Controversy persists regarding whether ART should be initiated or continued during multiagent systemic chemotherapy. In the pre-ART era, the outcomes for treatment of lymphoma in HIV+ patients were markedly inferior to the present era.125 Some clinical trial groups stop or do not initiate ART during systemic chemotherapy,198 whereas others continue ART or initiate ART after the first cycle of chemotherapy in those patients not on ART at time of lymphoma diagnosis.199,200 Certain classes of ART medications, notably protease inhibitors and nnRTIs can alter the metabolism of other medications primarily though inhibition or induction of the cytochrome P450 enzymes, potentially leading to higher or lower concentrations of other drugs (including chemotherapy agents).201 Unfortunately, there are limited pharmacokinetic data from clinical trials to elucidate these potential drug interactions and their effects on drug levels. Chemotherapy agents eliminated by non-P450 routes are less likely to be affected by ART. A study of 154 HIV+ patients with a broad range of malignancies (many with hematologic malignancies) treated at the MD Anderson Cancer Center showed that clinically relevant drug interactions between ART and chemotherapy drugs were rare (4 percent of cases) and confined to the protease inhibitor class.202 The nnRTIs and the integrase strand-transfer inhibitors had a better safety profile when combined with chemotherapy than did the protease inhibitors, in this retrospective series. Others have also found that protease inhibitors may exacerbate chemotherapy-induced neutropenia,203 although this is controversial.204,205 A retrospective review of 34 patients with diffuse large B-cell lymphoma showed similar complete response rates and toxicities in those receiving CHOP while also on an HIV protease inhibitor as those who were receiving a nonprotease inhibitor ART regimen.206 In another study of HIV+ patients with Hodgkin lymphoma receiving ABVD chemotherapy, the use of the protease inhibitor ritonavir appeared to increase the risk of peripheral neuropathy.207 More accurate information regarding drug interactions between ART and chemotherapy agents will become available through the AMC, which is currently conducting clinical trials in which patients are stratified by the type of ART and its potential for inducing or inhibiting cytochrome P450 enzymes, and obtaining detailed pharmacokinetic data. With the growing number of available ART agents, including integrase strand-transfer inhibitors, it is usually possible to adjust an ART regimen that minimizes potential drug interactions but still suppresses HIV replication throughout the course of chemotherapy.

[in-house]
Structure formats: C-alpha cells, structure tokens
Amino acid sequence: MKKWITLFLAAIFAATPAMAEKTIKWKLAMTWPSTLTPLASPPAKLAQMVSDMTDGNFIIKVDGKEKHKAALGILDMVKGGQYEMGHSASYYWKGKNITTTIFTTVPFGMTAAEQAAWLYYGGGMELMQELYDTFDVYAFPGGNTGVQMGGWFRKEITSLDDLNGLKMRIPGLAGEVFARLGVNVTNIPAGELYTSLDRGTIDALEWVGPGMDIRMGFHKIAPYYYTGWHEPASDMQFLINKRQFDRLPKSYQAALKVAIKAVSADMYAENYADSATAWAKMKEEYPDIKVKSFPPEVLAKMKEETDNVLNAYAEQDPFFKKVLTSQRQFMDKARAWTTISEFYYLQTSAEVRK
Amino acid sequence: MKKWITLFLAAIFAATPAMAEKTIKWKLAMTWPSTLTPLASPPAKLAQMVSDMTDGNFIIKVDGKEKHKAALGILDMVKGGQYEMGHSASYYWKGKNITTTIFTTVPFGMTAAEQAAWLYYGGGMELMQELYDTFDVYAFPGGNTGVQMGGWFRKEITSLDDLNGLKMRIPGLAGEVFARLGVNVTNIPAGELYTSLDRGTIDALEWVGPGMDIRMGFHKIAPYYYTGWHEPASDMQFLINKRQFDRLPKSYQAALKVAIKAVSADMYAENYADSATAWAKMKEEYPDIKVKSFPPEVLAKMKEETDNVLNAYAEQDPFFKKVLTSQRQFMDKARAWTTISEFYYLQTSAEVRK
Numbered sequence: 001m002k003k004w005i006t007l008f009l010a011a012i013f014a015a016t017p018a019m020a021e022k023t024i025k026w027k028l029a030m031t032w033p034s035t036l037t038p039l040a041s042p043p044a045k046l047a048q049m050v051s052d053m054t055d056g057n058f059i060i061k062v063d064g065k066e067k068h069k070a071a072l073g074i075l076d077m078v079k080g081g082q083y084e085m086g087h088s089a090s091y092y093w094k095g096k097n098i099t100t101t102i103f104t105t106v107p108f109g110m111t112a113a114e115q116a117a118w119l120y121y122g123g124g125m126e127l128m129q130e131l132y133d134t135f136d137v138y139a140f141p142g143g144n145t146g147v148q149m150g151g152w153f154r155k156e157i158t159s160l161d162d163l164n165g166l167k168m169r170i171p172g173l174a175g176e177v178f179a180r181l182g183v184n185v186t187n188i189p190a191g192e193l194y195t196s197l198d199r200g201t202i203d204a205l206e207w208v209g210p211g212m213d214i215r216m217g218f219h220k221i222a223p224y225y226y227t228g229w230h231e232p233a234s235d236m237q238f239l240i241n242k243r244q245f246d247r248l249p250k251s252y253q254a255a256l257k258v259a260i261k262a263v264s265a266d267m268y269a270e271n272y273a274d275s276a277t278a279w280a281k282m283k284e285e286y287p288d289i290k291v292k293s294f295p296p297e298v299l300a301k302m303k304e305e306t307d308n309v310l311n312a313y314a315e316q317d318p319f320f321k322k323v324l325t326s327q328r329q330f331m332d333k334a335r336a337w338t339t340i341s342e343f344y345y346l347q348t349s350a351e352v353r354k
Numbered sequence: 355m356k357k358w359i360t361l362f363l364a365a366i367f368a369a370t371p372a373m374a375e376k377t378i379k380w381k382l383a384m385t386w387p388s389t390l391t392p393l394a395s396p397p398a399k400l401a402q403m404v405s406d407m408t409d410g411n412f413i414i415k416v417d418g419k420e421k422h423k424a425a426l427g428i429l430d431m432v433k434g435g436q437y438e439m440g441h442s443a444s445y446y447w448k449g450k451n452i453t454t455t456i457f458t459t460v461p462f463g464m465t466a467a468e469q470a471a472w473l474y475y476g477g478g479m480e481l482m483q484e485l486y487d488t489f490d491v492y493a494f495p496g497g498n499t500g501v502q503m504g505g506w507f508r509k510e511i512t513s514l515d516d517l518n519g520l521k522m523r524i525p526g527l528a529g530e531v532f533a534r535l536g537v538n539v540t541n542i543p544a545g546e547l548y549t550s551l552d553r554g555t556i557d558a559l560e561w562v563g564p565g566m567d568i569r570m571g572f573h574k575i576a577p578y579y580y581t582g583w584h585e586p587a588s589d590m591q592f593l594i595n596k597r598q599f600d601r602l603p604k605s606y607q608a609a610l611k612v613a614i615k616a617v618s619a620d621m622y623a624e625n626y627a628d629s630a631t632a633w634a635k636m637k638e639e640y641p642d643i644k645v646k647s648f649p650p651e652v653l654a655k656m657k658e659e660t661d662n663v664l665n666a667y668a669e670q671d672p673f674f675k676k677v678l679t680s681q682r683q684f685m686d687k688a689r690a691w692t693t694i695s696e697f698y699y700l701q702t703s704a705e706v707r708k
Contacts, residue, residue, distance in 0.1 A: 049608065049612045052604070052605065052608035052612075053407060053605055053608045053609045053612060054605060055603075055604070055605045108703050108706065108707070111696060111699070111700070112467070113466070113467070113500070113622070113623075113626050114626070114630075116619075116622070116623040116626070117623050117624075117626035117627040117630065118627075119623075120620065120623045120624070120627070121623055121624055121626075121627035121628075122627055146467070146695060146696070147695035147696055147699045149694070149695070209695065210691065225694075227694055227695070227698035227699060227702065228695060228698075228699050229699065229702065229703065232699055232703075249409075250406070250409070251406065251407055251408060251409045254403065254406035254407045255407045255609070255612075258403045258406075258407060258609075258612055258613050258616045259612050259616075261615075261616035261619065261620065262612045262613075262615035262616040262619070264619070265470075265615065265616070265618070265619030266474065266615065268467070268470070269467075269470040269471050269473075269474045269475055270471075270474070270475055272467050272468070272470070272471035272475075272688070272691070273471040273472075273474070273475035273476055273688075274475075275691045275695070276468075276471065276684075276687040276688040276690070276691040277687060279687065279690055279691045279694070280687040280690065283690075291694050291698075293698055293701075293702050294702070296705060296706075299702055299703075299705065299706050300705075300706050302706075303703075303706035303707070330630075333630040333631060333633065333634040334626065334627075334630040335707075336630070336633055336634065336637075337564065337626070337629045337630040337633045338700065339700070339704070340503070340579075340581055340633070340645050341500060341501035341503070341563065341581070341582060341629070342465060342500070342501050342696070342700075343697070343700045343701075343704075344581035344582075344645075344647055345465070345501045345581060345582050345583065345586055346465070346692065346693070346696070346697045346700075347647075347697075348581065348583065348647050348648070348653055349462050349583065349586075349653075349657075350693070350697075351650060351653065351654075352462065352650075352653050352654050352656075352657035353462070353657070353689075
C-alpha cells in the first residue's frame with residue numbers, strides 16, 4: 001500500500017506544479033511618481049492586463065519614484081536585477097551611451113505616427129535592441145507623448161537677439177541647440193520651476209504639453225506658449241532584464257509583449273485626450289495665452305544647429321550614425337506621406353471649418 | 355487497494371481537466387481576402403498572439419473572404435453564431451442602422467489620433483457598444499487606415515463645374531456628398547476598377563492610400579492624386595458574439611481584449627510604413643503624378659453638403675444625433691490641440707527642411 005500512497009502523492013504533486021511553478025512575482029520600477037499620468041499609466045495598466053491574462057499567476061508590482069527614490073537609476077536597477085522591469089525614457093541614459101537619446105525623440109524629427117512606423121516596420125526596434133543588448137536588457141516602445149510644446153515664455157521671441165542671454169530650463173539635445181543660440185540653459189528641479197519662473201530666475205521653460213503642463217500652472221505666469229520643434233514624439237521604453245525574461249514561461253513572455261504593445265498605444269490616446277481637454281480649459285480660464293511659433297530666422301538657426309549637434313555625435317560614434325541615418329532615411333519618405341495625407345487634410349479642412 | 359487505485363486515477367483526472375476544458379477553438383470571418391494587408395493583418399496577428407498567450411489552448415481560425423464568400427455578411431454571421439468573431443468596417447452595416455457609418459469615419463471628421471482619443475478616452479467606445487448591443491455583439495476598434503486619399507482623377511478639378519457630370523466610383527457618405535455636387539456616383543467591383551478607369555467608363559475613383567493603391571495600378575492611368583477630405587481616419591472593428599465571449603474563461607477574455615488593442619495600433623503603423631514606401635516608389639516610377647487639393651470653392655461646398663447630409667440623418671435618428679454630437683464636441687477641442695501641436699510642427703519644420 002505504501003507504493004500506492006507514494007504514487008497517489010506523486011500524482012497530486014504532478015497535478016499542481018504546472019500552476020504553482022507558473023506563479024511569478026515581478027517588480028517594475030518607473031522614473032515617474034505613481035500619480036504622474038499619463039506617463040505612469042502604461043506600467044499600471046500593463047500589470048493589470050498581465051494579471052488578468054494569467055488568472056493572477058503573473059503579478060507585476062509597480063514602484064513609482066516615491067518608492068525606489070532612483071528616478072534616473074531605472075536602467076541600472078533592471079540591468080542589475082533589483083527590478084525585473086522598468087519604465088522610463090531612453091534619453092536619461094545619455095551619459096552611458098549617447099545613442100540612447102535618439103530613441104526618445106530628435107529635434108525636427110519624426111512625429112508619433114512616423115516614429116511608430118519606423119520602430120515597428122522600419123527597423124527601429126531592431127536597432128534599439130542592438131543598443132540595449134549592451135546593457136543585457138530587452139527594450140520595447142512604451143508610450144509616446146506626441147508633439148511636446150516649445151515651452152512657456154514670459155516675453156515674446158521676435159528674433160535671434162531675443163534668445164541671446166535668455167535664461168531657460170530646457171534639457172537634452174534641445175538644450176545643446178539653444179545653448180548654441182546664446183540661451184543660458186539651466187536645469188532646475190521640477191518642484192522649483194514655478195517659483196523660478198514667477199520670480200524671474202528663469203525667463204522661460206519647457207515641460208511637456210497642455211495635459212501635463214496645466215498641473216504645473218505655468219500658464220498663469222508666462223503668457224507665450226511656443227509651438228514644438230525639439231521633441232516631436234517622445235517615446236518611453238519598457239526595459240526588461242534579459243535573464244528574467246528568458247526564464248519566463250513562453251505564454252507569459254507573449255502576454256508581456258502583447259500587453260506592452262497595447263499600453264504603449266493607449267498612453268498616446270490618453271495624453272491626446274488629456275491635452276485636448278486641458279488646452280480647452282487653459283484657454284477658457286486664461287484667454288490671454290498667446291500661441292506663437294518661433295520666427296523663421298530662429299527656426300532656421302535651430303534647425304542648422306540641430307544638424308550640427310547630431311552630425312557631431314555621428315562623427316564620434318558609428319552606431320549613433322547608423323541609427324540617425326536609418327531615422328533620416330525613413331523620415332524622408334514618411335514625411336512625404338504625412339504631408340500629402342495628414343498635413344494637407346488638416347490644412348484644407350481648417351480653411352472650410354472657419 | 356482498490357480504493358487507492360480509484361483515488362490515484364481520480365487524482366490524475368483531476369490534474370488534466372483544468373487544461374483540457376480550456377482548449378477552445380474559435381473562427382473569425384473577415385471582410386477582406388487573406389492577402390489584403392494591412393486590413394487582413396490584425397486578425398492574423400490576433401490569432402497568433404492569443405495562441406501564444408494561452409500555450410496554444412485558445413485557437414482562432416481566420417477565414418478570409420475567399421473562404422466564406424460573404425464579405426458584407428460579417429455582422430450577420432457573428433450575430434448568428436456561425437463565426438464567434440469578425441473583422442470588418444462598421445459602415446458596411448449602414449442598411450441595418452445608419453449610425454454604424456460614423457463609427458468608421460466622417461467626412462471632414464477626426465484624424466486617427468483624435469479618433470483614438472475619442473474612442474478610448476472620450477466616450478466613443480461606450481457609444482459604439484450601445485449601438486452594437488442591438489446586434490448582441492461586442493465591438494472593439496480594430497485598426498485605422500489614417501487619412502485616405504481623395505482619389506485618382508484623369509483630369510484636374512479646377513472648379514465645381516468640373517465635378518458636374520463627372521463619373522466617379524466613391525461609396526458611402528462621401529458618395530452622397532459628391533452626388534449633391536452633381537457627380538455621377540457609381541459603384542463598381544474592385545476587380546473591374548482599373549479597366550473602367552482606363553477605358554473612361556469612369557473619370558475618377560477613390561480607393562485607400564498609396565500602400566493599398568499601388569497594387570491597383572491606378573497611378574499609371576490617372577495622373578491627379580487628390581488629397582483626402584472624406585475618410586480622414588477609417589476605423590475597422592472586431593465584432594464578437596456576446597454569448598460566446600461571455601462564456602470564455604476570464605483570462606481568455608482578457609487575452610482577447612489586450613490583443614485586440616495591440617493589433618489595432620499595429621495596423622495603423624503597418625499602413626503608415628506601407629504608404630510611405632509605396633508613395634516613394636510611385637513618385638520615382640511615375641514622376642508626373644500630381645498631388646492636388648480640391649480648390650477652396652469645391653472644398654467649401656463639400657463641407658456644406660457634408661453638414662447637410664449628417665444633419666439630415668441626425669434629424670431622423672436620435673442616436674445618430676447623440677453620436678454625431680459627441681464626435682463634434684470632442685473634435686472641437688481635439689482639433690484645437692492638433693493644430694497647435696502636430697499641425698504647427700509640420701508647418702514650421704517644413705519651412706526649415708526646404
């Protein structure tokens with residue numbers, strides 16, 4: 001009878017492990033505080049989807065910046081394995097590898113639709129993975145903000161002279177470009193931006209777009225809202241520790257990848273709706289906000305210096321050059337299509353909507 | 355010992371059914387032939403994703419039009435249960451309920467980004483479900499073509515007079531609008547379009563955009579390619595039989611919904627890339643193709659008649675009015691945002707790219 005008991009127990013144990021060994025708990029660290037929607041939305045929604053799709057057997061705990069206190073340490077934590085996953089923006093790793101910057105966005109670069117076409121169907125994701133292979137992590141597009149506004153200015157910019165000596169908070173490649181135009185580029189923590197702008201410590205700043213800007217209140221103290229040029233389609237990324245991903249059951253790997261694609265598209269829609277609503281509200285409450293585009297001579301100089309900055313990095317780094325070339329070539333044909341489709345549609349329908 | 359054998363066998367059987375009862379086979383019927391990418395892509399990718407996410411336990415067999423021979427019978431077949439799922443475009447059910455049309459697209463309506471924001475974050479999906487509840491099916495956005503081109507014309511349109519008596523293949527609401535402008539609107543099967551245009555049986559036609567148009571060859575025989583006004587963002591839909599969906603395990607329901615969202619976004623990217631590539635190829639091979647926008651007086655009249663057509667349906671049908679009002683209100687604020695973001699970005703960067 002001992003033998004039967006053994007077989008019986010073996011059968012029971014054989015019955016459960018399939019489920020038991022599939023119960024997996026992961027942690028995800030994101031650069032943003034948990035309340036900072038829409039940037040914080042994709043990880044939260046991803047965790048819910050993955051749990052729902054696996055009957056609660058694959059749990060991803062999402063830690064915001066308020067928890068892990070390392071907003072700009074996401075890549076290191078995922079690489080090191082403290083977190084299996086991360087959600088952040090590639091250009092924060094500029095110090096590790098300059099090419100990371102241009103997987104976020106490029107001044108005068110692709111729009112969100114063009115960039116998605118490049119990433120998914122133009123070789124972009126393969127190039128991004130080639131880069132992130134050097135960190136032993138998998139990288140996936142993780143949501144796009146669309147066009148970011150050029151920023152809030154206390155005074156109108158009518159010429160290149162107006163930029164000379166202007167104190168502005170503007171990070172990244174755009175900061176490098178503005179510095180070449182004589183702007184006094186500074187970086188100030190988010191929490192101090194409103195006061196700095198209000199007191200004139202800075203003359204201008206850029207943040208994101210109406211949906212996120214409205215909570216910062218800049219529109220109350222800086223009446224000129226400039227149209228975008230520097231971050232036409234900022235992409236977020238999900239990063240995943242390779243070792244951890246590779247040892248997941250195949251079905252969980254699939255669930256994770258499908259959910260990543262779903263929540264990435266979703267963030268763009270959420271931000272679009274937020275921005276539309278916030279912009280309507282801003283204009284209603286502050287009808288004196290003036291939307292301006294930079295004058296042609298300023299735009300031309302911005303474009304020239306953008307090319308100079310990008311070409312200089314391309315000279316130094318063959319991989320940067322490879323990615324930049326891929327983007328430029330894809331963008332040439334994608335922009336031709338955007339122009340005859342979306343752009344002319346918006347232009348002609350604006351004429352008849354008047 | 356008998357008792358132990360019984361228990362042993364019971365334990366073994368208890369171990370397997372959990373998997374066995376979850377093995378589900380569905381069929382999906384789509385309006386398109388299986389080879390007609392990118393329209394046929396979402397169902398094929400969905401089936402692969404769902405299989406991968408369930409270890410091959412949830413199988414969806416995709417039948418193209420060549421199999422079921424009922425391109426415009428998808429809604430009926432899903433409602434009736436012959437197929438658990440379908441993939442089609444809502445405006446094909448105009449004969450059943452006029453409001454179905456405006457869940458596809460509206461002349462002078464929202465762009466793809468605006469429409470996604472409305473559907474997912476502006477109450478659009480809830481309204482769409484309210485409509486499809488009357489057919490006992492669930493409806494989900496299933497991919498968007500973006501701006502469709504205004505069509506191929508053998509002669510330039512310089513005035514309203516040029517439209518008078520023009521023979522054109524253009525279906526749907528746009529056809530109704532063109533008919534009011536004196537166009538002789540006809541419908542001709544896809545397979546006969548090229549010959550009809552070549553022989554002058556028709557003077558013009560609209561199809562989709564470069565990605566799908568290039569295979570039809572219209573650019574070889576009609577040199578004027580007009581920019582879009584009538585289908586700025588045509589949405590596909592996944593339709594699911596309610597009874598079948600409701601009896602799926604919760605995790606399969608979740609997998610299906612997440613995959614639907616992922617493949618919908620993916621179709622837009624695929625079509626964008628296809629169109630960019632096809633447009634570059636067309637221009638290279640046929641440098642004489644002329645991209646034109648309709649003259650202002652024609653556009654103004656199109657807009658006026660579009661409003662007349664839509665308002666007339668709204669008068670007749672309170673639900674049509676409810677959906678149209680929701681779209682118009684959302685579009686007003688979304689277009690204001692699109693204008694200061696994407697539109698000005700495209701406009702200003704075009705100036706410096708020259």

A second issue is overlapping toxic effects between ART and chemotherapy drugs. Zidovudine causes marrow suppression, and should be avoided in patients receiving myelosuppressive chemotherapy. Didanosine and stavudine (older, infrequently used agents) cause peripheral neuropathy, and their use should be reconsidered in patients who will receive potentially neurotoxic chemotherapy. Atazanavir, a commonly prescribed protease inhibitor, causes unconjugated hyperbilirubinemia similar to Gilbert syndrome and can complicate the administration of some chemotherapy agents. However, if there is no other evidence of hepatotoxicity, chemotherapy can be given at standard doses. Earlier studies suggested some ART drugs (saquinavir, efavirenz, nelfinavir) might cause cardiac conduction abnormalities (prolongation of the electrocardiographic “QTc interval”), but this has not been confirmed in subsequent studies. If the patient is stable on ART with excellent HIV virologic control, a reasonable approach is to consult the infectious diseases physician who is managing the patient and also the chemotherapy pharmacist to identify potential drug interactions between ART and the planned chemotherapy, to adjust ART as necessary, and then proceed with chemotherapy with concurrent ART. If the patient is not on ART, it is reasonable to give one cycle of chemotherapy and then start ART with the second cycle of chemotherapy following multidisciplinary consultation with the pharmacist and infectious diseases physician.
HUMAN IMMUNODEFICIENCY VIRUS–ASSOCIATED CASTLEMAN DISEASE